A sedan fades: The Renault Talisman drives to the horizon

Let’s remember some cars, shall we? Since 2015, Renault’s been building the Talisman sedan. In the current crossover-heavy market climate, it’s something of an outlier. The Talisman is a regular four-door sedan without an available hybrid variant, and it’s offered with both gasoline and diesel engines as well as with a choice of a manual or automatic gearbox instead of only being available with the latter transmission option. It’s a handsome car, not something that really stands out parked next to a newish Audi or VW Arteon, but the styling isn’t overwrought and the front end is recognizable. There is also a cavernous wagon version, which is always nice.

The Talisman replaced the Laguna at its introduction. The Renault Laguna, if you remember, was a 5-door Mondeo competitor manufactured over three generations, each suffering a somewhat worse reputation than the earlier one due to various quality issues. It was also up to the Talisman to take the Safrane’s place as a large Renault executive car, even if there was a 15-year gap after the Safrane ceased production in 2000. In that time, Renault offered the funky Vel Satis and Avantime MPVs in place of large sedans, neither of which were very successful. Every one of these predecessors have been offered with a hatchback or liftback body, but the Talisman was a return to sedan configuration, which was last seen in a bigger Renault back in the days of the R18, which in turn bowed in 1989. However, the Talisman’s side profile wouldn’t probably be much different if it had a large tailgate instead of a small trunklid. We’re not talking about a formal roof now, exactly. It’s not a (Renault) Eagle Premier.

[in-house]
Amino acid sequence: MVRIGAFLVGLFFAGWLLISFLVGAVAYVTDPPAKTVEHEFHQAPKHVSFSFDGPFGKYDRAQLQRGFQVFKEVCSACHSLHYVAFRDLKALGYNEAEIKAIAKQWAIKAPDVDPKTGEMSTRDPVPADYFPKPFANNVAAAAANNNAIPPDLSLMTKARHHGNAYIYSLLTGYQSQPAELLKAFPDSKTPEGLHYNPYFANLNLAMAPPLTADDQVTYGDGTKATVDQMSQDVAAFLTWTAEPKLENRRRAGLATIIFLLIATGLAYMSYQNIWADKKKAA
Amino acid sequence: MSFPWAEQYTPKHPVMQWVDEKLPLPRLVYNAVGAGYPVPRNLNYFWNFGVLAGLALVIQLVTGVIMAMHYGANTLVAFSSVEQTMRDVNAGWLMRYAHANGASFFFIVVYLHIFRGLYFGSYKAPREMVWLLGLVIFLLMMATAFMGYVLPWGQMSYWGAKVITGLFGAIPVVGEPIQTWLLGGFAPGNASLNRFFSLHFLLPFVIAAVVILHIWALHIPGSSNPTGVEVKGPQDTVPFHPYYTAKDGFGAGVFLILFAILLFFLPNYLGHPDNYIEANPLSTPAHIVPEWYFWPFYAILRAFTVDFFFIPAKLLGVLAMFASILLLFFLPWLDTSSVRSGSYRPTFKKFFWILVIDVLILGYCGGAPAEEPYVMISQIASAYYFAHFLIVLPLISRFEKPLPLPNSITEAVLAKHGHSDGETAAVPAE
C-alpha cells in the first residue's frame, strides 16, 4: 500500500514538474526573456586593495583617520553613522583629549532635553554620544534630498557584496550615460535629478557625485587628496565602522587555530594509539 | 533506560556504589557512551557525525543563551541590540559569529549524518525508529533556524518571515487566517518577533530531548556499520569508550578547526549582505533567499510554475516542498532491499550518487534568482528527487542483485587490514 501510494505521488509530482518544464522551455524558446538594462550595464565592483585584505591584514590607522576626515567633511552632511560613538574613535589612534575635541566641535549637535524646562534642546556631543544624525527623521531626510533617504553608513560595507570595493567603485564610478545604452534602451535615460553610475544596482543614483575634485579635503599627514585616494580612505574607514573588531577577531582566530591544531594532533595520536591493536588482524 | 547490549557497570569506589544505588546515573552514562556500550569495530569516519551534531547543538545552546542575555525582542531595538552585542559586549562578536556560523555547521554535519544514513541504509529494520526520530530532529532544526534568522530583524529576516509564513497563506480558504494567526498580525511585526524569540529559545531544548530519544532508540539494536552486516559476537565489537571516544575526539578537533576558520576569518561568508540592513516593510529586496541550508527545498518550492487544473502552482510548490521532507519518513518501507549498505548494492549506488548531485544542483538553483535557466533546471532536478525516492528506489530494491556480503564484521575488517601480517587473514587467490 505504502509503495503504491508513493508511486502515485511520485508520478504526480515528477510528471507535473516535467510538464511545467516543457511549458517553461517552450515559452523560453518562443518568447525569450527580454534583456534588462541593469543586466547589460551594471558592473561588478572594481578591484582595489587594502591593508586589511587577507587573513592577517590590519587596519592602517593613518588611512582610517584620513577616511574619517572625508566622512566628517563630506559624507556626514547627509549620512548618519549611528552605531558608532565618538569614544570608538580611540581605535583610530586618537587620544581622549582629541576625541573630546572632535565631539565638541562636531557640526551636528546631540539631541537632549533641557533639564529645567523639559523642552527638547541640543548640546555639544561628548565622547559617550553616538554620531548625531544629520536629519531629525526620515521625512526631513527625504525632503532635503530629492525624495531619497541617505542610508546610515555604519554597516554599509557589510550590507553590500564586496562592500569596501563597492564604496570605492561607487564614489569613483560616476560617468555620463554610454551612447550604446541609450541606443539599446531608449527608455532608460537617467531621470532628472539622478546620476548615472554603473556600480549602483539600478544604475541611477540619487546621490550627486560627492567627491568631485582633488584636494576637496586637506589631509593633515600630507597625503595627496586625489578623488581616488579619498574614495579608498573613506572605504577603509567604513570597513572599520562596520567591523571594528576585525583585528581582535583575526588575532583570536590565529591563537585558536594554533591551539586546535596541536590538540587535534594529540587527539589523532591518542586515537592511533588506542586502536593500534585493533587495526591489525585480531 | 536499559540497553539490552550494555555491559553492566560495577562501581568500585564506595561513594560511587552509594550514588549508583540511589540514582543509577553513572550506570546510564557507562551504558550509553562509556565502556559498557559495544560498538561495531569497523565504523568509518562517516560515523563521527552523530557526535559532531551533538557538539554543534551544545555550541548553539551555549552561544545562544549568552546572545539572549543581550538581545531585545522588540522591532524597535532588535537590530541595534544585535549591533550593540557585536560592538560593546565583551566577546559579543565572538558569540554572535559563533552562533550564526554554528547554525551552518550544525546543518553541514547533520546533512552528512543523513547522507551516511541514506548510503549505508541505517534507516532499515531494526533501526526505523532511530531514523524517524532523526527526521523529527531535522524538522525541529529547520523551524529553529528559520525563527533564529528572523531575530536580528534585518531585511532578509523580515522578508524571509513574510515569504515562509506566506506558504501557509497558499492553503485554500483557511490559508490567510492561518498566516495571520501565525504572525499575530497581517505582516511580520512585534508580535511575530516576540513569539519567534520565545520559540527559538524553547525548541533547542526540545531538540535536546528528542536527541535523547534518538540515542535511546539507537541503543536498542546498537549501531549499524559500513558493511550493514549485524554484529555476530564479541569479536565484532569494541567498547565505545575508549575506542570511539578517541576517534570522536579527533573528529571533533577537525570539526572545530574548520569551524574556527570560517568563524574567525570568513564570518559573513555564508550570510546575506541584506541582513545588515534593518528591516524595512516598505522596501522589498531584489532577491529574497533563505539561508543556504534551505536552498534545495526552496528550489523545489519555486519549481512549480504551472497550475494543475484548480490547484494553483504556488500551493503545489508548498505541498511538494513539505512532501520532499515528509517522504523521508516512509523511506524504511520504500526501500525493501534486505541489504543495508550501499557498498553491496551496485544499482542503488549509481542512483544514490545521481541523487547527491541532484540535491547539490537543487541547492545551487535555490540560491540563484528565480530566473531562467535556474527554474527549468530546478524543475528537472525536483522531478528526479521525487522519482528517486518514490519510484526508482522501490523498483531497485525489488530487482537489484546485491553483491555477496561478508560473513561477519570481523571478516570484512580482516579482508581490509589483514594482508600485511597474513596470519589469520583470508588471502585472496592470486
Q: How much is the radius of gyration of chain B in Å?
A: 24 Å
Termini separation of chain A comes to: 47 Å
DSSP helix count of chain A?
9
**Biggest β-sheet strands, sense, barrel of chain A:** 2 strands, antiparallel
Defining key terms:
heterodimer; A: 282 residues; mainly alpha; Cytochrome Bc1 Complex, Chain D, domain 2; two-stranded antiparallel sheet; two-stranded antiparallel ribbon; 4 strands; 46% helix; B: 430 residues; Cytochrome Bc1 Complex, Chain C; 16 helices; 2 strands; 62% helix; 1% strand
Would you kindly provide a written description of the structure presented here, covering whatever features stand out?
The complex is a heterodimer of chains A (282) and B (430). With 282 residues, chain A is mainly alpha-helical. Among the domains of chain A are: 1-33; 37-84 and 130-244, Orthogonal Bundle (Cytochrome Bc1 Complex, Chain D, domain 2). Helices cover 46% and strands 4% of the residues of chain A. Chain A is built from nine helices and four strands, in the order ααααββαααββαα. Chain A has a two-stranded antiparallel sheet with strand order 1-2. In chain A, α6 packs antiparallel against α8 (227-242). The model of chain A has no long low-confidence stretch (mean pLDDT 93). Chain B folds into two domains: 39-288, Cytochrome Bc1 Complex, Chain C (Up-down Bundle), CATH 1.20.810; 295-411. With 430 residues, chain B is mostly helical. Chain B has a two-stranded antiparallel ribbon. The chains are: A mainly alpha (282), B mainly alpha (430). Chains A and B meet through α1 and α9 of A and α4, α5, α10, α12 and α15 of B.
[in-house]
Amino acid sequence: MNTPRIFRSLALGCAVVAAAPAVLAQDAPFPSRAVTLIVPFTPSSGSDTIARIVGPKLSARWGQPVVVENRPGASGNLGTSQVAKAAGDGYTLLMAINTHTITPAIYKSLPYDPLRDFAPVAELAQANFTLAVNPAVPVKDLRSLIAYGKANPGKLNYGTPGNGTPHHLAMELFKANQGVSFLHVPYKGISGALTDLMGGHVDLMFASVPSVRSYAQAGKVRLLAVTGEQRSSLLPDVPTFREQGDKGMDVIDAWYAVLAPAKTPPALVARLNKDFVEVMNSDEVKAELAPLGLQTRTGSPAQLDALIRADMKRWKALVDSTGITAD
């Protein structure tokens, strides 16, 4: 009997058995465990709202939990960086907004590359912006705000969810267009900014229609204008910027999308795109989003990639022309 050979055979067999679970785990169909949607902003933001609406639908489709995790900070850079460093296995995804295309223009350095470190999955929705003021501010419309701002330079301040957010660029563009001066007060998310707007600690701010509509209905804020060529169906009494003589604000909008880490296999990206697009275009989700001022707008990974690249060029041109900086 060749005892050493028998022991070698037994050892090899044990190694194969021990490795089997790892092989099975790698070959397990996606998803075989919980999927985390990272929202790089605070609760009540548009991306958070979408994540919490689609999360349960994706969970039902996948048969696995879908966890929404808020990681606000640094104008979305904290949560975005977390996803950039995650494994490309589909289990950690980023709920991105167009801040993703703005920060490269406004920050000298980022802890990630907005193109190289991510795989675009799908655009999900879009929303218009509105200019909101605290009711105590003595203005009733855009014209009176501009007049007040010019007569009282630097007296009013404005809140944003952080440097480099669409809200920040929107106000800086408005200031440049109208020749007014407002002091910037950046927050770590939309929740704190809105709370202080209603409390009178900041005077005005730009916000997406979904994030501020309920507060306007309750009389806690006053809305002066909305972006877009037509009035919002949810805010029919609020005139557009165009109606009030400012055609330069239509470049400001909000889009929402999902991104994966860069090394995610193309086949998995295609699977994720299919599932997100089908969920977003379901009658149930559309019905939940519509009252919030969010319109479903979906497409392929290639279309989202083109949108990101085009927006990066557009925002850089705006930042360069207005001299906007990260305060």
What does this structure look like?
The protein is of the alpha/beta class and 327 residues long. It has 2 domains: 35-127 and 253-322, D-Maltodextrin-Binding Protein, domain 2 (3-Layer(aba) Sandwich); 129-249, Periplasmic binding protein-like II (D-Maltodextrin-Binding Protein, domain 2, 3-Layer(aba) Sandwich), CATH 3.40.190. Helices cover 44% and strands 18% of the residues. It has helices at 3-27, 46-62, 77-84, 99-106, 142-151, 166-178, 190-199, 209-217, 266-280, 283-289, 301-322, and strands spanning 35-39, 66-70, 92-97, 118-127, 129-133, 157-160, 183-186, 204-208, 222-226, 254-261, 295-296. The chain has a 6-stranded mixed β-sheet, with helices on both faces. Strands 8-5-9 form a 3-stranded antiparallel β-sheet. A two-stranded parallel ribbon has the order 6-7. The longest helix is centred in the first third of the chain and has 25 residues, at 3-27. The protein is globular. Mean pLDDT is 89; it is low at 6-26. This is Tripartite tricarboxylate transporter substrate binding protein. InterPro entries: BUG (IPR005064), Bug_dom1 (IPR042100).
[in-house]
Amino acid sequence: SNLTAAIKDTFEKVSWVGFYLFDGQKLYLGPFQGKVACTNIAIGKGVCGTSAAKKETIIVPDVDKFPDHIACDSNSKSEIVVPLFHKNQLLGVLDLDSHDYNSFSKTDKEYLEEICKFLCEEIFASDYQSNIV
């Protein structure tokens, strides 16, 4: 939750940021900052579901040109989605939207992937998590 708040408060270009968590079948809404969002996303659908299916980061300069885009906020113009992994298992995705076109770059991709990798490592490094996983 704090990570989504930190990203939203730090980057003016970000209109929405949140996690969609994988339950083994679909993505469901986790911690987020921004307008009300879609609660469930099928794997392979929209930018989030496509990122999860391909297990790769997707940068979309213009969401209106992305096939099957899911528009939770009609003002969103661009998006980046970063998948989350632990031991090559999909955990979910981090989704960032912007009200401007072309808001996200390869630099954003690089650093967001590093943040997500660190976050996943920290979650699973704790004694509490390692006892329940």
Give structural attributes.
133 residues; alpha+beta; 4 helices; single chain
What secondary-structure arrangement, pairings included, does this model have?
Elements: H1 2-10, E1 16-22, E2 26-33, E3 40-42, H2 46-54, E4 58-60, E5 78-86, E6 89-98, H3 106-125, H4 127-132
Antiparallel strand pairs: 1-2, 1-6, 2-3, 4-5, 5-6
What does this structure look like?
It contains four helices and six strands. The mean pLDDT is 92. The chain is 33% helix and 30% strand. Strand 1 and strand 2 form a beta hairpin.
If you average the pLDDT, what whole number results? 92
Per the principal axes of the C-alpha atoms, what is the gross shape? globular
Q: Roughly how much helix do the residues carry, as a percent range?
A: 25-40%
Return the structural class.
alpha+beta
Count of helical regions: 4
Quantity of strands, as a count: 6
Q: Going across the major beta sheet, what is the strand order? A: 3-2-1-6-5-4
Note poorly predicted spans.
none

Regarding the engine palette, surely a big Renault must have a V6 in the range topping models? Nope, that’s not the case with the Talisman. It’s all downsized four-bangers in the portfolio, all with forced induction. You can get a Talisman with 200hp, which matches the power output of ‘90s and ‘00s French sedans with V6 engines, but the engine in question is a 1.6-liter turbo: the smallest Talisman engine is in fact a 1.33-liter four which you can also find in smallish Mercedes-Benz models. The power output of 160hp corresponds to what you used to get from a 2.0-liter turbo engine a decade or two ago. In the diesel’s case, the smallest engine is a 1.5-liter dCi with just 110 horsepower, good for claimed fuel economy figures between 3 and 4 liters per 100km, or over 63MPG. But the gasoline engines also promise frugality unreachable for those aforementioned V6 sedans of yesteryear.

The reason behind the Talisman’s existence as a regular sedan goes back to Renault’s partnership with Samsung of South Korea. The Talisman is also sold as the Renault Samsung SM6, and it’s a continuation of Samsung’s sedan model lines dating back to when it sold a rebadged Nissan Maxima. Currently, you can find plenty of Samsung joint venture Renaults on the South Korean market. With the relative failure of the Vel Satis and Avantime, it makes sense for Renault to synchronize its larger cars with Samsung instead of attempting it on its own.

And instead of those luxury MPVs, the true predecessor to the Talisman was the Renault Latitude. It was effectively also a Samsung built using Renault bones and Nissan engines (including V6 ones), but unlike the Talisman it barely existed in the European market. It wasn’t widely sold and after shifting 10k units in Europe in 2011, sales in later years were counted in hundreds if not tens. In comparison, the Talisman has reached yearly European sales of over 30,000 units immediately after it went on sale, but it’s dropping fast, with just 8000 cars sold in 2020. And the estate variant must be doing the heavy lifting here, as only 3900 Talisman sedans were sold globally last year. Coincidentally that figure matches the global sales of the Nissan Skyline sedan, but unlike the Talisman, its sales didn’t halve for 2020 but went up a couple percent. It’s likely that the lack of a hybrid option is excluding the Talisman from a lot of considerations, and on some markets it’s no longer available as new.